Flourless peanut butter cookies

Makes about 10 cookies. Can use crunchy or smooth peanut butter.

Preheat the oven to 175C (350F) and line a tray with baking parchment.

In a large bowl, combine 66 g (⅓ c) brown sugar, 66 g (⅓ c) granulated sugar, and 1 t baking soda. Add and blend in a pinch of salt if using unsalted peanut butter. Next, add 1 large egg and 250 g peanut butter, and then mix thoroughly to combine.

Use two spoons to maneuver walnut-sized balls of dough on to the tray, leaving ample space between each cookie since they will rise and spread. Flatten the balls slightly with a fork, creating a cross-hatch pattern.

Bake in a 175C (350F) oven for 8–10 minutes. Allow them to cool on the tray for at least 5 minutes, then move to a rack to cool further. They will be very soft to the touch fresh from the oven and firm up as they cool.

Ceramic cat by a young David Hockney

Life-size black and white ceramic cat by David Hockney

Ceramic Cat
David Hockney 1955

On loan from Jean and Paul Hockney.

This cat was given to David Hockney’s brother and sister-in-law as a wedding present in September 1955. It was one of approximately four cats made by the artist whilst a student at Bradford College of Art. After the model was produced the mould broke, making this sculpture unique as it was the only one with indentations. Subsequent versions were produced with a smooth finish and in different colours.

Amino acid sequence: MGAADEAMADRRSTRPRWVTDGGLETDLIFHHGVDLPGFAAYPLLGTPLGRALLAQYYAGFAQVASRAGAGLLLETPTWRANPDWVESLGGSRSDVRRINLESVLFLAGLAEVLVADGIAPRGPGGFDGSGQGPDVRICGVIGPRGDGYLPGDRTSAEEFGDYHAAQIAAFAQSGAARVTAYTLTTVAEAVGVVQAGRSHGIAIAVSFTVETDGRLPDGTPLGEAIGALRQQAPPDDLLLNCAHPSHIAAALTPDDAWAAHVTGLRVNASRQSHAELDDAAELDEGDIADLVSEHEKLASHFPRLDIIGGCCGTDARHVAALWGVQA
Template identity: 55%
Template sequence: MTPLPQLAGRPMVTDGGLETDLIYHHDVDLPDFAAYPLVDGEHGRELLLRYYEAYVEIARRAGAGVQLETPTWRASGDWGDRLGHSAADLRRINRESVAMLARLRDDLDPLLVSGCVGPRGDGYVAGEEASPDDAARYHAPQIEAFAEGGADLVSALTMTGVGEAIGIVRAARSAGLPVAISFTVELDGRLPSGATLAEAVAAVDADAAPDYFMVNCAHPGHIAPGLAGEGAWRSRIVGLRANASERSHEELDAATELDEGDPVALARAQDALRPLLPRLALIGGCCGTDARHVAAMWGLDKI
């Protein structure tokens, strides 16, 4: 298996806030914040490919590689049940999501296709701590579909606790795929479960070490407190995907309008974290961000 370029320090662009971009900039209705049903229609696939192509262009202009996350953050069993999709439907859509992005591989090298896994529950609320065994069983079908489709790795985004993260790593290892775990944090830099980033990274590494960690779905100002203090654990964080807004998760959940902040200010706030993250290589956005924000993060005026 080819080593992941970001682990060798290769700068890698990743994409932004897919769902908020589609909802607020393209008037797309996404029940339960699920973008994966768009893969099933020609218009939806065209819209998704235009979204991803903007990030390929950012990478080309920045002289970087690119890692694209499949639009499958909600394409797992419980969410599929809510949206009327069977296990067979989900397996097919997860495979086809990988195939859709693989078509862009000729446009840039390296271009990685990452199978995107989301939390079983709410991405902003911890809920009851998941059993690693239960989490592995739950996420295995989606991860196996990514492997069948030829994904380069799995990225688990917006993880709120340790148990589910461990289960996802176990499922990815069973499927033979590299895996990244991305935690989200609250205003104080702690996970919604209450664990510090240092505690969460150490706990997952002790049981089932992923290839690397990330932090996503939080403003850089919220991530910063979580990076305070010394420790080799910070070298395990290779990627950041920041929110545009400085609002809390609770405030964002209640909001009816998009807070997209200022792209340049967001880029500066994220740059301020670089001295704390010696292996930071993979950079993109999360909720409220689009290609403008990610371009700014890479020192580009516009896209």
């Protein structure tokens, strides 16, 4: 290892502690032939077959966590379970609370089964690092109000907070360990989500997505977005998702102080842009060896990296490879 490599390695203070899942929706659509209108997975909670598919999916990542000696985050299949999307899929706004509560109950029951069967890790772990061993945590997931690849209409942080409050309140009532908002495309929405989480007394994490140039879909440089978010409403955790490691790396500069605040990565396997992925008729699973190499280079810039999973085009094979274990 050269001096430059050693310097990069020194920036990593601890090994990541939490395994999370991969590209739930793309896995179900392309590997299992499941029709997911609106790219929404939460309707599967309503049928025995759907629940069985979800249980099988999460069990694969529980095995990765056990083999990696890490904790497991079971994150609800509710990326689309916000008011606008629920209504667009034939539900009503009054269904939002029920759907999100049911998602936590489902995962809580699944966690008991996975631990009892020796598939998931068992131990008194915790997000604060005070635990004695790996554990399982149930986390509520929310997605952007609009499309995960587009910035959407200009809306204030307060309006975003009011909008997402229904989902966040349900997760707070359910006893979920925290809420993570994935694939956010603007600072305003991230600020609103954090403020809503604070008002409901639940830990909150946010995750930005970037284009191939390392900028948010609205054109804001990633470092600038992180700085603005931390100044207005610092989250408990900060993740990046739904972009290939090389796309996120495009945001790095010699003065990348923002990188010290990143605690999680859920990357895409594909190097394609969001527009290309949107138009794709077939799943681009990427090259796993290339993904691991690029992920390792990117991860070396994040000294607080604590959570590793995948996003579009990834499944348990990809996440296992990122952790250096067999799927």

This life-size ceramic cat with stubby little legs is in one of the display cases in the ground floor of Salts Mill alongside many other pieces by David Hockney.

The youngest lifeboat crew rescue airmen

A story from the past via the Whitby Lifeboat Museum.

The museum is at the end of Pier Road just past the arcades in the old Whitby lifeboat station. The station was one of the first, established in 1802. It was taken over by the Royal National Lifeboat Institution (RNLI) after the 1861 lifeboat disaster which resulted in the tragic loss of 12 from a crew of 13. The station was closed and turned in to a museum in 1957 and was temporarily brought back in to service in 2005 while Whitby’s existing station was demolished and rebuilt.

Donate to the RNLI.

YOUNGEST EVER LIFEBOAT CREW RESCUE AIRMEN

25th March 1942